This is actually more of a comment on way in which these forecasts are presented and reported. The analyst and popular press (hi there again, Toddi) tend to focus on the point estimates, that is the single number that the analyst's model generates. Arguably, this is a natural response to a complex situation. We don't like to think about uncertainty, and single values are easier to interpret than ranges. After all, as LBJ once said to an economist who gave him a reasonable range of values for some macro variable, "Ranges are for cattle, I want a number." This bias notwithstanding, I find it difficult to take anything that Youngblood says seriously without some information about the precision of his estimates.

Third, some modeling comments. I must caveat this by noting that it's difficult to know all of the fine details of his model, since they're not available beyond the point estimates. Nevertheless, some apparent features stand out.

First, he's using changes in employment and changes in income to predict changes in house values (presumably a regression in differenced logs.) To generate predictions for changes in house prices, he needs future values for employment and income (to generate the necessary changes in those variables.) Hence, if done correctly, he needs a model to predict his explanatory variables in order to generate a prediction of his final outcome. And the intermediate step of predicting those explanatory variables is not trivial. So we're piling levels of predictions, all of which may be incorrect, on top of one another to generate the final predicted outcome for housing price changes. This is a delicate house of cards.

Second, I assume that he has a panel dataset, i.e. observations of housing prices in multiple MSAs for multiple time periods. In such a data set, there are two sources of variation in the relationships between the variables that he considers: 1) variation in relationships across MSAs (cross-sectional variation); and 2) variation in relationships over time (time series variation.) In such a forecasting application, much of the important information comes from the time dimension. That is, we look at how prices and relationships have behaved over time within an MSA to examine how they may move into the future. If, and I really can't say since, again, I don't have access to his model or data, he is relying heavily on cross-MSA variation or doesn't have a long enough time series, then he's not pinning down the long-run nature of movements in housing prices.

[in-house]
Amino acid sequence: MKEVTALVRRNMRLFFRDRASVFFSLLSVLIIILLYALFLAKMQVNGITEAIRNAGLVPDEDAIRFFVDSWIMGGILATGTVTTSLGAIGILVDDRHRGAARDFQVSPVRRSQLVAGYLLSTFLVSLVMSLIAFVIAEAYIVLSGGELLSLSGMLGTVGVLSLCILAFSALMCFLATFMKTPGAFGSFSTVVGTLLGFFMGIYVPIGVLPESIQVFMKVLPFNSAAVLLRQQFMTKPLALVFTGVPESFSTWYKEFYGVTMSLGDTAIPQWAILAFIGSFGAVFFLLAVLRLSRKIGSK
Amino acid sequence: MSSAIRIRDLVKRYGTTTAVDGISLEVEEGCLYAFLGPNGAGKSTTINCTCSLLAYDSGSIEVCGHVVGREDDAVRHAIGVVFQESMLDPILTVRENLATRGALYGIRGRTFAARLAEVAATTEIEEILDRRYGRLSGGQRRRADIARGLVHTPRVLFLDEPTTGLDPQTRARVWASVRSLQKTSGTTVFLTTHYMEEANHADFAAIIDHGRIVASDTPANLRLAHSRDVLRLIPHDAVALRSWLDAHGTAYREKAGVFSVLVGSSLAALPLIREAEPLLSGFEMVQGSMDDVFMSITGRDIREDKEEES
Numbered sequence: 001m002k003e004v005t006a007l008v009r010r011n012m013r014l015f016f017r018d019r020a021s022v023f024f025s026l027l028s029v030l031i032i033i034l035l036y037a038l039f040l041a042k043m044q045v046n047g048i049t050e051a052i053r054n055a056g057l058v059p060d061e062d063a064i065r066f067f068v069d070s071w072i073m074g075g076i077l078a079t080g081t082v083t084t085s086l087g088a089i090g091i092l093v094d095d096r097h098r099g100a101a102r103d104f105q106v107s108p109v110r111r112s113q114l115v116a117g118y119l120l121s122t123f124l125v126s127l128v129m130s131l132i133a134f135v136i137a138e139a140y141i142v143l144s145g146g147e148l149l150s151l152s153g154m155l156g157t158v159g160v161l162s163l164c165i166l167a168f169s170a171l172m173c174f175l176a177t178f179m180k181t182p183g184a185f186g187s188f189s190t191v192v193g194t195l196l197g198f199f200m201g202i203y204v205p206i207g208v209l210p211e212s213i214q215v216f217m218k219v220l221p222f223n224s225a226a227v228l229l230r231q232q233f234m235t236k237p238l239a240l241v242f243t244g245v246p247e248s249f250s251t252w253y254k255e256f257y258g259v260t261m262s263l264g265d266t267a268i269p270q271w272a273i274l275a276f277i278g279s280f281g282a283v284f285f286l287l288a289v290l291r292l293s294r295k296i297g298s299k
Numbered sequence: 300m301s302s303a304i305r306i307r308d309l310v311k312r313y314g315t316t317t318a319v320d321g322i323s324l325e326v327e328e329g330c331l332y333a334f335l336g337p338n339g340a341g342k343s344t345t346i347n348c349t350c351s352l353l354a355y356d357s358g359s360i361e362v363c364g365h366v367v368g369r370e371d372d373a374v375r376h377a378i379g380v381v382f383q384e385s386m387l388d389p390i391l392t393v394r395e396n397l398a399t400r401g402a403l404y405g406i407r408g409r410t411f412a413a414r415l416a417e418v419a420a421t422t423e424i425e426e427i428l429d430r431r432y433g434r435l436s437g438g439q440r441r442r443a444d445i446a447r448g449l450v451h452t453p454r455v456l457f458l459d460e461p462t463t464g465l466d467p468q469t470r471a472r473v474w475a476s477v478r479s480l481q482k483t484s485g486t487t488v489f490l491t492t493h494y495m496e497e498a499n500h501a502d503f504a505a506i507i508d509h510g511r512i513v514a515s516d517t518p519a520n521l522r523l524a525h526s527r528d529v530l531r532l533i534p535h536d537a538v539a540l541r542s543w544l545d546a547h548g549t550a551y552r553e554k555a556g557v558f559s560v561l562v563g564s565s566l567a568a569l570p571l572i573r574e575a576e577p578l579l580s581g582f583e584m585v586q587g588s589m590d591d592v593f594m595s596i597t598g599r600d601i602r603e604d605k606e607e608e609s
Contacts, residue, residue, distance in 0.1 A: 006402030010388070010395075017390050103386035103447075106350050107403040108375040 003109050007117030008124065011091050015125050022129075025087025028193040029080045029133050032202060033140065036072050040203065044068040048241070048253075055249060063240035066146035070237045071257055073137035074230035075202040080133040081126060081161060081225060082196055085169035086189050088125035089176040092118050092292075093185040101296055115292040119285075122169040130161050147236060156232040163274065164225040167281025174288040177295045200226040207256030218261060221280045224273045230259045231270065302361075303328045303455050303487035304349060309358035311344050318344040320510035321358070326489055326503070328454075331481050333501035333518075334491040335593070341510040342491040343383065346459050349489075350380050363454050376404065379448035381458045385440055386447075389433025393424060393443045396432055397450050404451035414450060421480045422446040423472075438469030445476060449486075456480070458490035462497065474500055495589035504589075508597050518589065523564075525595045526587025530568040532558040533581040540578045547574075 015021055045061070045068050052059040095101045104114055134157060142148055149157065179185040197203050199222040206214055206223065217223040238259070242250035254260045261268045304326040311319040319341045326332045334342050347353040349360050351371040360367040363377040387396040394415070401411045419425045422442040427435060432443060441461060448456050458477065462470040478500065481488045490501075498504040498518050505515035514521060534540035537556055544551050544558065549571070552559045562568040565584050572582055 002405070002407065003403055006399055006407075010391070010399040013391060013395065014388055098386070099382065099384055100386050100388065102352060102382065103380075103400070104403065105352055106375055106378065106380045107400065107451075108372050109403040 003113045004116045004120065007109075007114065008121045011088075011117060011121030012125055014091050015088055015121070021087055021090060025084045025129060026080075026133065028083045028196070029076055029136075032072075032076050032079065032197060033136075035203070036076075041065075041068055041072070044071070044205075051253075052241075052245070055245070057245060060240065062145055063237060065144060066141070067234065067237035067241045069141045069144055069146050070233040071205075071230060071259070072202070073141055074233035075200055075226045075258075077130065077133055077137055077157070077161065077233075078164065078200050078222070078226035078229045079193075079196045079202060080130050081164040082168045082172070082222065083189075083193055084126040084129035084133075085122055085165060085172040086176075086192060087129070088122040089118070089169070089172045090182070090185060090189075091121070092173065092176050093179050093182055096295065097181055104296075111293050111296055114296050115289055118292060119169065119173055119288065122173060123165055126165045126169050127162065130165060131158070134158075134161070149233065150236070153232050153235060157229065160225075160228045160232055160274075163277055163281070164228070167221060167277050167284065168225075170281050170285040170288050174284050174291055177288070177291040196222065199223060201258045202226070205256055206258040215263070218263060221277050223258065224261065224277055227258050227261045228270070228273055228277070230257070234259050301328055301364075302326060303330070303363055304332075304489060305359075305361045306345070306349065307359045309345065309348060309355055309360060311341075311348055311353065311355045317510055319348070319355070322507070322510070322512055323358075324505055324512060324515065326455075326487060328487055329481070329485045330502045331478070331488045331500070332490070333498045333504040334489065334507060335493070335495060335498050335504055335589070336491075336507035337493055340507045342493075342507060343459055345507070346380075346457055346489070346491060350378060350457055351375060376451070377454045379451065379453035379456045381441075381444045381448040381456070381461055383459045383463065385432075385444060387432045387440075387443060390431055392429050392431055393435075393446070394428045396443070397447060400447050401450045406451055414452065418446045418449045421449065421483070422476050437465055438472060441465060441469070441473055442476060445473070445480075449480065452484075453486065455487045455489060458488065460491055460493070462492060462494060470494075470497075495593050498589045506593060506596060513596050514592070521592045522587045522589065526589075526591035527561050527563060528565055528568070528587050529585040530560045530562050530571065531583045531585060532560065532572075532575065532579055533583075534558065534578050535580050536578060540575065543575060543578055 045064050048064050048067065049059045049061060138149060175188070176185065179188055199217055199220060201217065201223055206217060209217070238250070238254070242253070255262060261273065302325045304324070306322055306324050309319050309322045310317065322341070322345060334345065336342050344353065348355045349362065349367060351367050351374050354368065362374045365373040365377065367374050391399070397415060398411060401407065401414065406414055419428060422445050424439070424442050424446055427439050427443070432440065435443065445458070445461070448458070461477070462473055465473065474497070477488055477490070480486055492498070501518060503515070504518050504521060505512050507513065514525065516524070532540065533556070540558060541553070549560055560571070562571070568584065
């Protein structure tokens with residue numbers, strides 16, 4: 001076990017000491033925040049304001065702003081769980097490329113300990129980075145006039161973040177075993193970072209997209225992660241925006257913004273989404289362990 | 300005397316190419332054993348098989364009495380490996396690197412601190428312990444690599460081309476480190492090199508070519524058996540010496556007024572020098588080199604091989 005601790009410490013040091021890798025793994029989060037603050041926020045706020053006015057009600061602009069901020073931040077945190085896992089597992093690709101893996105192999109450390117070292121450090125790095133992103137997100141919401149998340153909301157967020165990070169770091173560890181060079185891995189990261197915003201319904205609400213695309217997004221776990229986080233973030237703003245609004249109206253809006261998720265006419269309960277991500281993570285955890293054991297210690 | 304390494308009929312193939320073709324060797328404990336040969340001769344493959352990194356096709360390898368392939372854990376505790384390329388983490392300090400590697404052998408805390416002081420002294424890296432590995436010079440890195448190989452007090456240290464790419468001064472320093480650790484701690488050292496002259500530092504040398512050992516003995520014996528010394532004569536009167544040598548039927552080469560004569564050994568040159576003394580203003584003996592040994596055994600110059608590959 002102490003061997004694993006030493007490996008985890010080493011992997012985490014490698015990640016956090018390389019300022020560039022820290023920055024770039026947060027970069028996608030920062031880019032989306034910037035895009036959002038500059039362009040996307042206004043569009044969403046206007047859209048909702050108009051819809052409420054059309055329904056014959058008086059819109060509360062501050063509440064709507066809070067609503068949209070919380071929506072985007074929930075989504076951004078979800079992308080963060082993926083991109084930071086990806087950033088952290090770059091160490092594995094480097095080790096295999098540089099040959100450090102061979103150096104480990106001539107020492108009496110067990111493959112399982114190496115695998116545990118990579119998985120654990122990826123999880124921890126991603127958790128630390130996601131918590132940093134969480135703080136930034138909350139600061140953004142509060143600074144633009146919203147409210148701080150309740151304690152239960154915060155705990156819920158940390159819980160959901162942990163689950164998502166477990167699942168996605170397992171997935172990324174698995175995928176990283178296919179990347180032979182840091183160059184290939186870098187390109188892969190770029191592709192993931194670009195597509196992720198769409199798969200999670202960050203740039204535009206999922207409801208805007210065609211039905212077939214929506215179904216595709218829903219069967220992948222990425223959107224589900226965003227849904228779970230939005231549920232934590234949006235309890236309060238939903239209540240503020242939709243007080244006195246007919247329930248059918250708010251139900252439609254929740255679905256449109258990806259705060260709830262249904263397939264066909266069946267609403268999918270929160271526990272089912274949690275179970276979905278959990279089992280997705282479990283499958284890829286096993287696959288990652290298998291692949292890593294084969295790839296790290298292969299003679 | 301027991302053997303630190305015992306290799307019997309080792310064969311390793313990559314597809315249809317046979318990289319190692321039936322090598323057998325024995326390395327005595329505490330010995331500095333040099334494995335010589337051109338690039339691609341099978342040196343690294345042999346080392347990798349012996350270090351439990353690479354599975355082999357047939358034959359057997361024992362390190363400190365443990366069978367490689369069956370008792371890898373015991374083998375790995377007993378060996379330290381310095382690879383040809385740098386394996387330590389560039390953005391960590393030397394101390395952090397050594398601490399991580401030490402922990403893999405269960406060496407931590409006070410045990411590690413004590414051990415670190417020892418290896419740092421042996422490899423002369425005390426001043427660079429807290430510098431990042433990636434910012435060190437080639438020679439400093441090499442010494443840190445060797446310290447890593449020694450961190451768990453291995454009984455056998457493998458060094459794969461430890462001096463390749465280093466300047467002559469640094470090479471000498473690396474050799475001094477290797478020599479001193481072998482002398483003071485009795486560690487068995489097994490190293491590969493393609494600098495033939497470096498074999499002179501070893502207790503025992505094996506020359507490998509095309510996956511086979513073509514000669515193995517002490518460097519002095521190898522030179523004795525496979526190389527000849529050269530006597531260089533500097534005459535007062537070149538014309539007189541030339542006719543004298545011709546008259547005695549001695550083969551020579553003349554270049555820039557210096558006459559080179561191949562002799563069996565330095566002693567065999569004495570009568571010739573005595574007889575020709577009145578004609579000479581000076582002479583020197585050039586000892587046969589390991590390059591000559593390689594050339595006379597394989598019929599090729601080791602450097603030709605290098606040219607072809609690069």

A related point is the fact that, even accounting for the two main explanatory variables that he uses, there is a lot of unexplained noise in series like housing prices. Business cycles and transitory but persistent blips, not to mention bubbles, can occur in ways that are difficult to quantify. To do so, one must carefully model the movement of the unobservable factors. But in the process, it can be very difficult to detect inflection points, i.e. points at which the movement of the series has shifted in some unobservable way. This could be especially problematic in the event of something like a "burst bubble" - identifying and quantifying the implications of such an occurrence is one of the most difficult econometric problems imaginable.